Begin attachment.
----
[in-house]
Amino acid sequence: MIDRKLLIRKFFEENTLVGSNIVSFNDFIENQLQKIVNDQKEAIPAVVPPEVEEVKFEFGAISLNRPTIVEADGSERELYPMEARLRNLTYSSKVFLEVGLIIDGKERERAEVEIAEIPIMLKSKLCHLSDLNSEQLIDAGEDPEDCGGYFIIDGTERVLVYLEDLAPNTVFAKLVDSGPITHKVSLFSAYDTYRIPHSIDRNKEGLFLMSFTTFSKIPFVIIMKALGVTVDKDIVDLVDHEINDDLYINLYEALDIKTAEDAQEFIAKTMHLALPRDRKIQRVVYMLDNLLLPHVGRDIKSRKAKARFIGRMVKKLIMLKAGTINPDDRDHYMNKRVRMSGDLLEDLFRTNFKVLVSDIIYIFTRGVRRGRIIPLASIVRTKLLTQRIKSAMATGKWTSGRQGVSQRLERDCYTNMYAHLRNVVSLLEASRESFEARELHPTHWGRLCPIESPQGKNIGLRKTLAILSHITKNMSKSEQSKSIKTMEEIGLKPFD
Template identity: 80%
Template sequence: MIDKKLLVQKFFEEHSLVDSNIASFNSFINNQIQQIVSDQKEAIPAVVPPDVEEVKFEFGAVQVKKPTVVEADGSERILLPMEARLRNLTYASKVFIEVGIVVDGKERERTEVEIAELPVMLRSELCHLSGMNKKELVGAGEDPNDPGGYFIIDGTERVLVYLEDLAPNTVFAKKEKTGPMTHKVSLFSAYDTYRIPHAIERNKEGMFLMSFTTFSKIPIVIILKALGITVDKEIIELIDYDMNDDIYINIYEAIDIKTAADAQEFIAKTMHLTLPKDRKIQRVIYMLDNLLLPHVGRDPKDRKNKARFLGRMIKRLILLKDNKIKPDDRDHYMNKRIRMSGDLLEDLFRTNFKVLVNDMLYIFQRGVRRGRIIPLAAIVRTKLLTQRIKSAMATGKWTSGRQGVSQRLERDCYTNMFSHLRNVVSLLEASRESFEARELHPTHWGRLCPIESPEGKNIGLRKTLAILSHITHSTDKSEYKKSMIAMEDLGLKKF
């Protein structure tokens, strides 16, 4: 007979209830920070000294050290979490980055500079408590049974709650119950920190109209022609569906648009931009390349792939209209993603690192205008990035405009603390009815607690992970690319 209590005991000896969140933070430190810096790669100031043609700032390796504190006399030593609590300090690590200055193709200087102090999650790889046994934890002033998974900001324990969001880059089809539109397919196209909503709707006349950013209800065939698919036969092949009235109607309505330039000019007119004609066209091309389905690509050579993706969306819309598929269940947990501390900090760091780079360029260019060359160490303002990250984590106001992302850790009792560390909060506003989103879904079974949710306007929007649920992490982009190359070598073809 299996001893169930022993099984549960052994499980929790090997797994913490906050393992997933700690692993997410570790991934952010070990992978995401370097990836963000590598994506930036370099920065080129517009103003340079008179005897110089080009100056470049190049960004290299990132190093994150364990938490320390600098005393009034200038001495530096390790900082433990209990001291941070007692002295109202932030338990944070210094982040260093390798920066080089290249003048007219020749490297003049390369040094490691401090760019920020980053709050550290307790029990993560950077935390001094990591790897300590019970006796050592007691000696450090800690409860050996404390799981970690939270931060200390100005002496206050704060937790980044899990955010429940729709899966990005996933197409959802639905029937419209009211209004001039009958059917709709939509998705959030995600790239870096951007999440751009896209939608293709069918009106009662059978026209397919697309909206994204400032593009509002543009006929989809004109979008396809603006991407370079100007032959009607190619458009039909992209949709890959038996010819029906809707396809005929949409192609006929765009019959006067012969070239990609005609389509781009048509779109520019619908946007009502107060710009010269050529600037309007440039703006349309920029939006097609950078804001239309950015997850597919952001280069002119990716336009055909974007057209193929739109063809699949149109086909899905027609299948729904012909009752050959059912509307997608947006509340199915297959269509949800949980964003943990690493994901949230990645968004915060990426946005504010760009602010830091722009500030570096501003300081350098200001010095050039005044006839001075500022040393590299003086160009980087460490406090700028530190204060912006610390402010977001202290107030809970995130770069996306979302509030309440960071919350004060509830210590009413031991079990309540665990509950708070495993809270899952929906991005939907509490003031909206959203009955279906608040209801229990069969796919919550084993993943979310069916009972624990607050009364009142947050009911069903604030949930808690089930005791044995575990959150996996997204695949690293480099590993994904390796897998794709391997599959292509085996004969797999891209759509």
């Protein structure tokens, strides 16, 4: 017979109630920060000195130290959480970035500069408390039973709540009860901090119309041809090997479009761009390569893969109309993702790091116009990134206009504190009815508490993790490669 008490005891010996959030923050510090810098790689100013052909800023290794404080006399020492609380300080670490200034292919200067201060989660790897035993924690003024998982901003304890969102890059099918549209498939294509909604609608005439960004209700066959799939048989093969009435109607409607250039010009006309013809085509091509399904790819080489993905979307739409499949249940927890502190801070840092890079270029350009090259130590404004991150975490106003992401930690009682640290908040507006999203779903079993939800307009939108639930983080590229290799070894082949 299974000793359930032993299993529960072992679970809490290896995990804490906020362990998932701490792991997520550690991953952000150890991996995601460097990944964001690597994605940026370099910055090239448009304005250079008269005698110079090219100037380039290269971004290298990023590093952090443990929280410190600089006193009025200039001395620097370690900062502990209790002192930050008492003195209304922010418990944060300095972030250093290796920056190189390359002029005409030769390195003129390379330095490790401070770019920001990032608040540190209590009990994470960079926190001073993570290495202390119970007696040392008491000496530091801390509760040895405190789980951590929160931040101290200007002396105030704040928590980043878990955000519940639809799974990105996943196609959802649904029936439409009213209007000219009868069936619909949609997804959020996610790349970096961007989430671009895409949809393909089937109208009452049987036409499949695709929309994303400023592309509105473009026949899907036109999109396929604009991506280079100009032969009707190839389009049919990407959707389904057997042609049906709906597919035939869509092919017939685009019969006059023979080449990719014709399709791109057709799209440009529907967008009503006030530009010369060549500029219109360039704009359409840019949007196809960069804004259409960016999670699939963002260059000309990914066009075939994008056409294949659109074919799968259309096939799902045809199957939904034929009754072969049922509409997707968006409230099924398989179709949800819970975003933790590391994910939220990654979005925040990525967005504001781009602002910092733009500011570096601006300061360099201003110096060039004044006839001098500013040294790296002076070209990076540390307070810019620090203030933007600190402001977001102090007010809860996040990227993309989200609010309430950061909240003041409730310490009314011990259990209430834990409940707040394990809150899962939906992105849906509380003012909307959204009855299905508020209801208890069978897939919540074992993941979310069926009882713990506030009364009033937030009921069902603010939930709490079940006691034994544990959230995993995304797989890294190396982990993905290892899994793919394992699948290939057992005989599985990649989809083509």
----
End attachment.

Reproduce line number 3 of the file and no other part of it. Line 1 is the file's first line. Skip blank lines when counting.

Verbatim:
Template identity: 80%